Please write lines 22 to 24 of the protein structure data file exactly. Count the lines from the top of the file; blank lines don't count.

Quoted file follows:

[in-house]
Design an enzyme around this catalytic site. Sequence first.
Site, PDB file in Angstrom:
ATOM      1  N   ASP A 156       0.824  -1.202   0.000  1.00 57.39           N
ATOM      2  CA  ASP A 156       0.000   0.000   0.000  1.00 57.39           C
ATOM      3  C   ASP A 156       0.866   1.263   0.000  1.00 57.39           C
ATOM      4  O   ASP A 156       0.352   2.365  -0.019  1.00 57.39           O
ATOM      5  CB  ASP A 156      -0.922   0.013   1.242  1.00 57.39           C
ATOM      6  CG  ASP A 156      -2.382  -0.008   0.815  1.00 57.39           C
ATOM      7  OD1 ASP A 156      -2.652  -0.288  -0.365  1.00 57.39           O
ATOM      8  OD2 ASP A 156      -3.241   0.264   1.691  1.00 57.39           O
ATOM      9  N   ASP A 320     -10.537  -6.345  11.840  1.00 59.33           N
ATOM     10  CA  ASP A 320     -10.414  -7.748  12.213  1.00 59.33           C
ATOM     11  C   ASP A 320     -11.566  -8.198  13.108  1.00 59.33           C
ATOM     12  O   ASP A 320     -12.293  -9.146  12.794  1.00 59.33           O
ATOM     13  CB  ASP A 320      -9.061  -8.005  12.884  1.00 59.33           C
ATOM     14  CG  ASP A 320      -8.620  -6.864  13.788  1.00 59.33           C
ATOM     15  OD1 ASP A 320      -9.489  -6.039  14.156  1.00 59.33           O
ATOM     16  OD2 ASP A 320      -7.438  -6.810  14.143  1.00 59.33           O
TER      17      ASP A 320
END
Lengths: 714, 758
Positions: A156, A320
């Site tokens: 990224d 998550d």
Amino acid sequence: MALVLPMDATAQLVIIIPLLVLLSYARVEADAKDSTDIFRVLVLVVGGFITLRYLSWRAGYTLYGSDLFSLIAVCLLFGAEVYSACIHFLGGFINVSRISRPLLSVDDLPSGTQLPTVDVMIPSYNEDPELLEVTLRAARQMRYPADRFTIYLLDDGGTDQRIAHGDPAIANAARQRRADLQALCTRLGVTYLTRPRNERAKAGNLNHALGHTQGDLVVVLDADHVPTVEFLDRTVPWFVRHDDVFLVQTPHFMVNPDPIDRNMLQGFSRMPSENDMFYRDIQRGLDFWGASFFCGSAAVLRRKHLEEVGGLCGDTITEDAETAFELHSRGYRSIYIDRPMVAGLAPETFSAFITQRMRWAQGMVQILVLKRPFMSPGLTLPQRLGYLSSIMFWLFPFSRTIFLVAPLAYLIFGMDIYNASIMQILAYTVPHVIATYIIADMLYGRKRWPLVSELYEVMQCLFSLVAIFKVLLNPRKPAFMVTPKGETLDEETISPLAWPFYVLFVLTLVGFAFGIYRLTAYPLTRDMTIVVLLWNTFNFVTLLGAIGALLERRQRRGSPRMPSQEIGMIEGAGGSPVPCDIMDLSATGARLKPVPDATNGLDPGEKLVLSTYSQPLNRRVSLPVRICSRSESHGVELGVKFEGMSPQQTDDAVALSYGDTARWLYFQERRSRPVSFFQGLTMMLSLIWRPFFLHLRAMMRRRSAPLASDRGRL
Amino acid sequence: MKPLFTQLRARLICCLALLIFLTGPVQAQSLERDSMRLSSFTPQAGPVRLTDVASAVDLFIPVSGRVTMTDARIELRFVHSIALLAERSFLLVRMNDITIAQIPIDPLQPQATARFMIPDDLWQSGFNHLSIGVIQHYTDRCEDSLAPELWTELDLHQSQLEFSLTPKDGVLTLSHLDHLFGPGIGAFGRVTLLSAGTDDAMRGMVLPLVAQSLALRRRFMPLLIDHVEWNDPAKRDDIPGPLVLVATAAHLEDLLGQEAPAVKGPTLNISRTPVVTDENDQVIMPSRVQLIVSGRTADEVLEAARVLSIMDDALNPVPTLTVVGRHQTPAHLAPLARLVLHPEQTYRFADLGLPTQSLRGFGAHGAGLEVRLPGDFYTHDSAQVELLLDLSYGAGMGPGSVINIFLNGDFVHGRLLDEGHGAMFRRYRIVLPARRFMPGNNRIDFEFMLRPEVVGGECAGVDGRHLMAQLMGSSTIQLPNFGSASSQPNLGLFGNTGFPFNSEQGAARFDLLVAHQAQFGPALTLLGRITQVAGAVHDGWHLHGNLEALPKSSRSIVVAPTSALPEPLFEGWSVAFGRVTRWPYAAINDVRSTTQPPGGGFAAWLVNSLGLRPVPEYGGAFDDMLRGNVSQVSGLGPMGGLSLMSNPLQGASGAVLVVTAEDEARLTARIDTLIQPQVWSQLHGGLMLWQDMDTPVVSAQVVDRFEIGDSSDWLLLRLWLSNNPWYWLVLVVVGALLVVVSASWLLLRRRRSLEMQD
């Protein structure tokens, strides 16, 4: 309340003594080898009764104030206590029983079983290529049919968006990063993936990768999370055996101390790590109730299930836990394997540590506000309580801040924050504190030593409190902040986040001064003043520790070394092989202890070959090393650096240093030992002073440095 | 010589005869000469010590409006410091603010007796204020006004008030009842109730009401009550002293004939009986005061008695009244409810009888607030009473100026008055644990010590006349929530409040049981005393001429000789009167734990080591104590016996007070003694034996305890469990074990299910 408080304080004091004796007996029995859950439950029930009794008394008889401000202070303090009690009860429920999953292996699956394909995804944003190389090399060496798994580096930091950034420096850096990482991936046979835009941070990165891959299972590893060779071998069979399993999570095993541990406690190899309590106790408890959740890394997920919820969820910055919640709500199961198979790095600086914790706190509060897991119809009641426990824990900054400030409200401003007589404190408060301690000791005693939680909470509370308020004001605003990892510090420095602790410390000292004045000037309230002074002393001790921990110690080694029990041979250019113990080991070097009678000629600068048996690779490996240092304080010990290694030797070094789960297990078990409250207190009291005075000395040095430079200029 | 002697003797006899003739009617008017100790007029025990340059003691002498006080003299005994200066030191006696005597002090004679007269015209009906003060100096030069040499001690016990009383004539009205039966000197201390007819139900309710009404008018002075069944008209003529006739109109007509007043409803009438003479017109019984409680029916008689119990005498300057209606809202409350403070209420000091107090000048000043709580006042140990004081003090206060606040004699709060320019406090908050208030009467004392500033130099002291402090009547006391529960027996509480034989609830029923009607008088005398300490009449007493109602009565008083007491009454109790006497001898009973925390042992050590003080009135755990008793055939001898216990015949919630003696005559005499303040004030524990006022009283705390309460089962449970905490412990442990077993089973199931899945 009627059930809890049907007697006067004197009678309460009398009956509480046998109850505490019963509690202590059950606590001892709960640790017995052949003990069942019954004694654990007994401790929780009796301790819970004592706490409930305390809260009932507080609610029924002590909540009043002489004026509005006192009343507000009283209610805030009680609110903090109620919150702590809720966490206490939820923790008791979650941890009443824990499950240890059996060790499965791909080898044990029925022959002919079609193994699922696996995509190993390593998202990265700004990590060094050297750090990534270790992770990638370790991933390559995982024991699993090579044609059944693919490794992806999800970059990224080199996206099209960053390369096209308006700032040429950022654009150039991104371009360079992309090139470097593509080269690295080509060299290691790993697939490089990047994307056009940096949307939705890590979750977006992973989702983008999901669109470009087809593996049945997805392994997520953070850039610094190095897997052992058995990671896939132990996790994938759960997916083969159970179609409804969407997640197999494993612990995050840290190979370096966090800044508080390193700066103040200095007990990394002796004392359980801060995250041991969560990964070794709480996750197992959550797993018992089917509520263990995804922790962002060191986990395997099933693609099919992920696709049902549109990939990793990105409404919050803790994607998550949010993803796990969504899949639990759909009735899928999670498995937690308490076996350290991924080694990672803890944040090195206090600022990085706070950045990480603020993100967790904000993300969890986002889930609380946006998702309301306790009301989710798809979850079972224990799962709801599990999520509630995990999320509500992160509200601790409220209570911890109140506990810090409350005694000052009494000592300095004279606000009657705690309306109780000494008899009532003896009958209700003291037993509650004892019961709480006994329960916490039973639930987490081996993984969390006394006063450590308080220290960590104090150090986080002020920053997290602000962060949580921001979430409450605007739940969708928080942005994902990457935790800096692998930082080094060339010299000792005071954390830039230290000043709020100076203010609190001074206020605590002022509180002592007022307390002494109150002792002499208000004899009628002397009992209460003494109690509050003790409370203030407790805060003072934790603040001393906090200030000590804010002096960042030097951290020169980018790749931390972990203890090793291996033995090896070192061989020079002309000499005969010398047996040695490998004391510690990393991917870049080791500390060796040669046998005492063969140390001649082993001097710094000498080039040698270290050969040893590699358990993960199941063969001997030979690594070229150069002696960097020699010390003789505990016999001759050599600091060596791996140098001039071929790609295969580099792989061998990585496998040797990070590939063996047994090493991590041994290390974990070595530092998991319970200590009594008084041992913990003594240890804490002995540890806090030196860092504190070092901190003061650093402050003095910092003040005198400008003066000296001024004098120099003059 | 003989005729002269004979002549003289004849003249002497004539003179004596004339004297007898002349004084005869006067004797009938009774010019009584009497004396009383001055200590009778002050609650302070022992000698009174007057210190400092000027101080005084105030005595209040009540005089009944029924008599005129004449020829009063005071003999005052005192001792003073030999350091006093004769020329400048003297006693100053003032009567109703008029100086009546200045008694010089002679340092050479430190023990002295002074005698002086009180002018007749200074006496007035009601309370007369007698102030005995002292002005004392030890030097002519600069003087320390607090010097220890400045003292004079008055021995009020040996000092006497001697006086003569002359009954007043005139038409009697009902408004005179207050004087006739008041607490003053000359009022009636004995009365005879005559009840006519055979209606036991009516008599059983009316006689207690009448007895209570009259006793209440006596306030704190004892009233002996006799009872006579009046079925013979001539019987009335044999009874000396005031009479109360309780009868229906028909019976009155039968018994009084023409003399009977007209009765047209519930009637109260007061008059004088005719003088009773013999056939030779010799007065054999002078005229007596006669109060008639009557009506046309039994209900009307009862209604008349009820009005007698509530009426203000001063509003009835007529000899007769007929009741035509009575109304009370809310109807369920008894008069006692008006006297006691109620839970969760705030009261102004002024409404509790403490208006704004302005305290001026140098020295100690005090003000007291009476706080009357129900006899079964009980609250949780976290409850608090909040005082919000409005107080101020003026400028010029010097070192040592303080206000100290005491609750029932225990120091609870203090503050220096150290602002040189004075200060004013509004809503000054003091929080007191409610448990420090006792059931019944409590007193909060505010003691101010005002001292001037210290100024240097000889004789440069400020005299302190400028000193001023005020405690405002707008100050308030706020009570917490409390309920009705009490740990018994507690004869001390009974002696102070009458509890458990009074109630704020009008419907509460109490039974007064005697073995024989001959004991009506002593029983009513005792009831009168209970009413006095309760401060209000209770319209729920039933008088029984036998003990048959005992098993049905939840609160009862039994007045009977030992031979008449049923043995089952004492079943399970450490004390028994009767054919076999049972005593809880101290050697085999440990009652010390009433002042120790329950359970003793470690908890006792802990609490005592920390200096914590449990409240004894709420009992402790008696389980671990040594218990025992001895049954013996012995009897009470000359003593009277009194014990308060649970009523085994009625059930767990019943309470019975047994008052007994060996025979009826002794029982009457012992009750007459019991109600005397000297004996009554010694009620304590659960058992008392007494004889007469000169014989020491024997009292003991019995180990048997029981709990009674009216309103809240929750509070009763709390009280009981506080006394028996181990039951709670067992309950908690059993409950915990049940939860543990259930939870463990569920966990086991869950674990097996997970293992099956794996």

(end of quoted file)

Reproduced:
Lengths: 714, 758
Positions: A156, A320
């Site tokens: 990224d 998550d």